"Nobody Is Ever Missing"
Succession episode
Episode no.Season 1
Episode 10
Directed byMark Mylod
Written byJesse Armstrong
Original air dateAugust 5, 2018 (2018-08-05)
Running time66 minutes
Guest appearances
Episode chronology
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"Nobody Is Ever Missing" is the tenth and final episode of the first season of the American satirical comedy-drama television series Succession. It was written by series showrunner Jesse Armstrong and directed by Mark Mylod, and orignally aired on HBO on August 5, 2018.

The episode takes place at Shiv and Tom's wedding, which serves as a backdrop for various ongoing conflicts within the Roy family, chiefly Kendall's attempted takeover of Waystar RoyCo.


On the day of Shiv and Tom's wedding, the family gathers for photos while Kendall and Stewy sequester themselves away to finalize the announcement of their takeover bid for Waystar RoyCo. Kendall delivers the official documents to Logan, confirming that it is indeed a bear hug. Logan is furious and kicks Kendall out of his room, but begins scrambling to get ahead of the situation with his legal team immediately afterwards.

Prior to the reception, Roman excuses himself to the restroom to watch the live broadcast of a Japanese satellite launch, which Logan had placed under his responsibility.[a] However, the rocket explodes on the launchpad. Roman later feigns surprise when Gerri confronts him about it. Meanwhile, Connor informs Willa that he intends to run for President of the United States. A stressed Logan joins the crowd amidst his legal crisis, and angrily fires a young waiter for spilling champagne on his arm. The waiter is immediately met with an NDA and cash settlement.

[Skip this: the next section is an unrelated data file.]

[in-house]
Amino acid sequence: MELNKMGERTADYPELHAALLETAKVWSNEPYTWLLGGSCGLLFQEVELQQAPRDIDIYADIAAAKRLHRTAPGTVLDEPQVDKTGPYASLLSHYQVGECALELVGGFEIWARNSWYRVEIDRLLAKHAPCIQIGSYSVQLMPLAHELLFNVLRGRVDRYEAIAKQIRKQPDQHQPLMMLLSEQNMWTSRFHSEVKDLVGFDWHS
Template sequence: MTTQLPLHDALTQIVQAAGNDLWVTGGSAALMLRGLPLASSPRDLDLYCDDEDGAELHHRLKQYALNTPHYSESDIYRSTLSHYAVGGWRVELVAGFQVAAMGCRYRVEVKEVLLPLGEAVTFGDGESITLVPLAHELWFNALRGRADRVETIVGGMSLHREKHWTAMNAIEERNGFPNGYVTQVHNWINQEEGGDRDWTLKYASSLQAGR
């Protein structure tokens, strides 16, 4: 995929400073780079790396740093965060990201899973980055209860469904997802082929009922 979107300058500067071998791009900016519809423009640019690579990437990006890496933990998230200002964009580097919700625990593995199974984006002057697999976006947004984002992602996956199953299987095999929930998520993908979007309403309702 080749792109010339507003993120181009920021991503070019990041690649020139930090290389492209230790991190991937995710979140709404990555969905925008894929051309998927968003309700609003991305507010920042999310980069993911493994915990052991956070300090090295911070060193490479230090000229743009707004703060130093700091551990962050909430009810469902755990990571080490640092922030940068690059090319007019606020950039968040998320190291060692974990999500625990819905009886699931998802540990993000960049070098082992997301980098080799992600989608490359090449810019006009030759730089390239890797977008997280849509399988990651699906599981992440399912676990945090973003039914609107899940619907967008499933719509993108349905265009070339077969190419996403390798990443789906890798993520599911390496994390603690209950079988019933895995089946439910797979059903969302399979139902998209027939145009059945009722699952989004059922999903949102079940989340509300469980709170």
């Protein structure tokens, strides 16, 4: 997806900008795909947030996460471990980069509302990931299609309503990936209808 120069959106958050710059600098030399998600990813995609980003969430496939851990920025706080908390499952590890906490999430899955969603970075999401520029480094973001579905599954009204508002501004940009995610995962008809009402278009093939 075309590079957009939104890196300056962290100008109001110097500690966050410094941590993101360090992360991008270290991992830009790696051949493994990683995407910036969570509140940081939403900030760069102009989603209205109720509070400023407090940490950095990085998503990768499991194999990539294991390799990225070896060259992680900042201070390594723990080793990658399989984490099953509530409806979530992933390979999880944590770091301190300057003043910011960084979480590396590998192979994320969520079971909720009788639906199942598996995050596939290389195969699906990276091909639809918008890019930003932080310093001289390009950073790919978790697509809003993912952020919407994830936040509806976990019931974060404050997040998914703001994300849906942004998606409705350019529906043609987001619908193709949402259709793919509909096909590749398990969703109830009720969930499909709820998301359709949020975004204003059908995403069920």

The wedding reception begins that night and the Roys give their speeches for Shiv and Tom. Logan gathers his children to another room to inform them of Kendall's takeover bid, infuriating all of them. Kendall arrives soon after and confirms his plans, seemingly indifferent to the anger of his siblings. Afterwards, he repeatedly asks Stewy for cocaine, but Stewy declines in order to preserve Kendall's focus for the night.

Roman is relieved to learn from Gerri that no one died in the rocket explosion. Connor announces his presidential ambitions to his siblings. Kendall runs into Greg outside the castle, who reveals that he kept copies of the documents pertaining to crimes on Waystar's cruises and uses them as leverage to request a better position within the company. Kendall is impressed and agrees to Greg's wishes. Shiv and Tom return to their bedroom, where Shiv confides to Tom that she feels she is better suited for a non-monogamous relationship, and admits her affair with Nate. Tom forgives her and ejects Nate from the wedding.